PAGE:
Copyright 2000 Reed Business Information, Inc. --This text refers to the Paperback edition.

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Customer Reviews

4.3 out of 5 stars

Most helpful customer reviews

4 of 4 people found the following review helpful By Ale on July 11 2005
Format: Mass Market Paperback
I had the book for a long time before I actually sat down on Friday to read it... and I couldn't let go (except for a quick shopping trip on Saturday ;) I was finished by Sunday right before dinner time! It had me laughing out loud, smiling and cringing at the thought that I can be so like Becky sometimes... many times... It is an enjoyable book. Great summer reading, fun and relaxing with the fairy tale parts very well inter-twined with the rest of the story. I could not stop laughing when I read about the job interview with the Bank of Helsinki! but the entire book is entertaining and cute. I love its fashion sense too!
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2 of 2 people found the following review helpful By june mayne on Oct. 11 2007
Format: Mass Market Paperback
Not funny at all! Rather depressing when you think about it. This is just yet another book in which women are portrayed (by WOMEN authors, might I add) as irresponsible, dishonest, overpriviledged consumerism victims. Rebecca creates an endless series of inane problems by being completely incapable of taking control over their own life... although she will manage it in the end, but only with the help of the tall, handsome and intelligent MAN (Mark Darcy anyone?).
Sure, it's a light read, and it has about two laughs, but all of you women writers out there, would you mind giving your sex SOME credit? There's a reason people still read Jane Eyre 160 years after it was written: she used her head!
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2 of 2 people found the following review helpful By A Customer on April 12 2004
Format: Paperback
The first two thirds of the book is almost unbearable - it shouldn't take that long to describe a person who lives such lies and absurdity. Annoying!!!! Some nice twists at the end, though.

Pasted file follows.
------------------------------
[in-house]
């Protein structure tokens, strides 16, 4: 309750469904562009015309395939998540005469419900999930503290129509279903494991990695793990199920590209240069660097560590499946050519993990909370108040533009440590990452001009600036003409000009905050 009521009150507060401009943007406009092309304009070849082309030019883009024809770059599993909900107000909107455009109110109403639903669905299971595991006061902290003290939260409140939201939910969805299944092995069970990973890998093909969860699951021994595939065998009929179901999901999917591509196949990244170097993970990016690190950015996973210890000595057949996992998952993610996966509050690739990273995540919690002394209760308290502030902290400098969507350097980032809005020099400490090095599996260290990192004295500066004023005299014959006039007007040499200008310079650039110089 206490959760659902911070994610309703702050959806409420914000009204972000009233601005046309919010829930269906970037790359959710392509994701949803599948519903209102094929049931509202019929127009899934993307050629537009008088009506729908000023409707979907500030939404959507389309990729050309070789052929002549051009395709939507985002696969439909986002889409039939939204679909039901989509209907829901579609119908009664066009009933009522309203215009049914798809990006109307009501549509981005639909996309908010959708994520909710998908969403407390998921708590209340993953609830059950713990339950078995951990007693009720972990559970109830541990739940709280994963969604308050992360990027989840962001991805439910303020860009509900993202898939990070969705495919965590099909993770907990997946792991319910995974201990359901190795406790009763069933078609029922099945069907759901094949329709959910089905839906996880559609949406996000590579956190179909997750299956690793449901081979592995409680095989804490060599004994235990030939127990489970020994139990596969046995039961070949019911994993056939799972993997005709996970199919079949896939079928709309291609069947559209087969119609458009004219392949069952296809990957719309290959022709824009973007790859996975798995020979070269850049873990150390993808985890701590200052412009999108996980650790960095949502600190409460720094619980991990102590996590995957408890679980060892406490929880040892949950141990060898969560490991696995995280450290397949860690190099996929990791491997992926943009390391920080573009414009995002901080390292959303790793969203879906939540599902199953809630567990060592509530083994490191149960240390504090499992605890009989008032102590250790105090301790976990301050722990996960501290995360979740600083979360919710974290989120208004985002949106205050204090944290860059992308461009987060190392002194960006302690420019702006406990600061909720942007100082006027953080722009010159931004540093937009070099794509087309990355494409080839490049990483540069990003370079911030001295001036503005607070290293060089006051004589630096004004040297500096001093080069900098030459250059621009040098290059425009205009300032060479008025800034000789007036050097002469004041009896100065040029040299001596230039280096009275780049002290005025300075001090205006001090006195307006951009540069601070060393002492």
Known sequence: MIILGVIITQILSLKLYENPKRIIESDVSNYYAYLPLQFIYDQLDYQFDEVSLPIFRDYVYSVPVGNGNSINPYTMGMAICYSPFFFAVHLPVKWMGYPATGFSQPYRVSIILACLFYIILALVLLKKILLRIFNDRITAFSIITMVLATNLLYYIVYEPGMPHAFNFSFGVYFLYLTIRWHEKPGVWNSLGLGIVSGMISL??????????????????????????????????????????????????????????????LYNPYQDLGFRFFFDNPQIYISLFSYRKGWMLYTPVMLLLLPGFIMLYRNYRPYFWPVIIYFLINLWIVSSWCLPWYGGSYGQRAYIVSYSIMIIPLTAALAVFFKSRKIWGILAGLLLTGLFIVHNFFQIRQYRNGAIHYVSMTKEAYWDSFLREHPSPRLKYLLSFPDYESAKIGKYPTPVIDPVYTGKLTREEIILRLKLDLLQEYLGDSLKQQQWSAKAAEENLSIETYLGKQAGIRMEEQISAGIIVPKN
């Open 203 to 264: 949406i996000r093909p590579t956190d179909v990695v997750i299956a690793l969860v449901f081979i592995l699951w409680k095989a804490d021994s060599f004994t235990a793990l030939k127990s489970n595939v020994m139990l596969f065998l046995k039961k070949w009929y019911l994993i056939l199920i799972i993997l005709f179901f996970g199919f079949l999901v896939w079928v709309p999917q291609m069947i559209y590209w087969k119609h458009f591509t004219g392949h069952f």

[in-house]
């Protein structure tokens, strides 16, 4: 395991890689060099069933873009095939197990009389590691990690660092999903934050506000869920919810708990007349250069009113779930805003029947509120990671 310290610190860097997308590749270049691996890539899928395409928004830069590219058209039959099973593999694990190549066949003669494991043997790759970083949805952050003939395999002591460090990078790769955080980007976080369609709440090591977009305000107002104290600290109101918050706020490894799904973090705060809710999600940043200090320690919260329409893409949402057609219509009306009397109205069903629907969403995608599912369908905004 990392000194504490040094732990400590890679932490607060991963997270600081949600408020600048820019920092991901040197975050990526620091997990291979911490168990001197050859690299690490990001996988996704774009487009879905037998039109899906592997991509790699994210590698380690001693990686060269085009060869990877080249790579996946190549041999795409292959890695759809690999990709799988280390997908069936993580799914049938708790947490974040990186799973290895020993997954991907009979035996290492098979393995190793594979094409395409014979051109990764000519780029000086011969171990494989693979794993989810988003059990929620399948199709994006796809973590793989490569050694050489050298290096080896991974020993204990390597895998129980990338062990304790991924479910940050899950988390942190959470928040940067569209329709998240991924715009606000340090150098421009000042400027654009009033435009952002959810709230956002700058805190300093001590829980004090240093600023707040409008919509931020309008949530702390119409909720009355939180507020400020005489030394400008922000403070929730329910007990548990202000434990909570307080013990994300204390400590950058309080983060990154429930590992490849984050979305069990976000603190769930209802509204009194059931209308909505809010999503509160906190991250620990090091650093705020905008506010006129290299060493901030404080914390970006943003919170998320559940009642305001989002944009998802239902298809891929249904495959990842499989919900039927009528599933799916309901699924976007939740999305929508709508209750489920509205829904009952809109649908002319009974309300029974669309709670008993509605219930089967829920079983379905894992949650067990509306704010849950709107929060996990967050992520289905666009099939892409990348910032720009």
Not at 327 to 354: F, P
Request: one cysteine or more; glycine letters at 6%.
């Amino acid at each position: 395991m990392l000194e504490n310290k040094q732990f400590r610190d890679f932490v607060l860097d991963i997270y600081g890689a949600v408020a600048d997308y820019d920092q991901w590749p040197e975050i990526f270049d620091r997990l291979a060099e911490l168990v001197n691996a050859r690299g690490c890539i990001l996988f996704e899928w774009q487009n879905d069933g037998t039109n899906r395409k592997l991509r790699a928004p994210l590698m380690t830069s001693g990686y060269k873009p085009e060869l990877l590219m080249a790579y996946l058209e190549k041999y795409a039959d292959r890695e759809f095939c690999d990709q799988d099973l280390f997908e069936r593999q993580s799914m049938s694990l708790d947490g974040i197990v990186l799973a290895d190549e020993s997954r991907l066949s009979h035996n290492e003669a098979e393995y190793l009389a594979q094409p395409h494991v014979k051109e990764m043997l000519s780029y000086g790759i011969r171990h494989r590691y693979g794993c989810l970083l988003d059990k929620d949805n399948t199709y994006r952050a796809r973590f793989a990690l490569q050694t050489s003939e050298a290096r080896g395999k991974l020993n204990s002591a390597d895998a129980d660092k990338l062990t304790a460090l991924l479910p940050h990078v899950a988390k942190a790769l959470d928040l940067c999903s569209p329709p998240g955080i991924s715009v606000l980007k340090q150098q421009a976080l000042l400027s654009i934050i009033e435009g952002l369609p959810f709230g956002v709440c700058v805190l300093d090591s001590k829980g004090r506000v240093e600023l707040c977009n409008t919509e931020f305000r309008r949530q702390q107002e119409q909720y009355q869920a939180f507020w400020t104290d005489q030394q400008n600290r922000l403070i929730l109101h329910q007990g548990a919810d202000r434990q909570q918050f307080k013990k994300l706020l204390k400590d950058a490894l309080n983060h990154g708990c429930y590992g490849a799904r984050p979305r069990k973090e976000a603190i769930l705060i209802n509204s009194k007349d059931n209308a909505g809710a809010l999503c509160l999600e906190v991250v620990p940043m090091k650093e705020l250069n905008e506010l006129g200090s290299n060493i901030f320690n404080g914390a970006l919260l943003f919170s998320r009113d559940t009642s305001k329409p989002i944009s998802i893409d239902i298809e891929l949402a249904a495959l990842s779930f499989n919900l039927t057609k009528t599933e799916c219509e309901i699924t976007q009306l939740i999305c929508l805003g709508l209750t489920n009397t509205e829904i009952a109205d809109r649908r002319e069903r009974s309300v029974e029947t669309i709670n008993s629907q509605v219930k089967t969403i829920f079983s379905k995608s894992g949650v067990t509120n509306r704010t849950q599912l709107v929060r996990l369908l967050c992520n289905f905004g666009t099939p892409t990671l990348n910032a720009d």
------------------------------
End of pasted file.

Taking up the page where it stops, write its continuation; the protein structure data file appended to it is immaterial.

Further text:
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Format: Mass Market Paperback
This, is no literature. This is probably not even something that one should read if they're looking for a story that provokes some kind of thinking, or at least with a heavier plot, more serious characters, and a more realistic outlook on life in general. Because really, this is kind of like a fairytale for the modern day girl, complete with romance and shopping. (who wouldn't love that? As an escape novel though...

...It defiantely deserves an A+! Becky Bloomwood is just probably the most adorable and "naive" narrator that I've came across for awhile; she makes the most serious situations stupid and plain funny, like saying that she'll just let her Visa bill be "accidently" vaccumed away so that she wouldn't have to pay the bill. (considering that she never "got" it) Also her justifications for her excessive shopping, as well as her general outlook on life, are hilarious to the point where you'd be laughing and crying at the same time.

This book has humour, fun, and Becky just sounds like your best friend. She's an awesome person to be the princess in a fairy tale, but do allow some skepticm for her events. (Like how...well, I won't spoil it for you, but you'll know. Some stuff that happpened to the VERY lucky girl, just won't happen in real life, no matter how you wish it) Still, probably because of all her quirky flaws and warm approach to everything, is what most readers love about her. The girl that we'd always wanted to be, but could never be unless we were living in a different world. (Or you're actually a gillionaire...but again, that's fanciful wishing, right?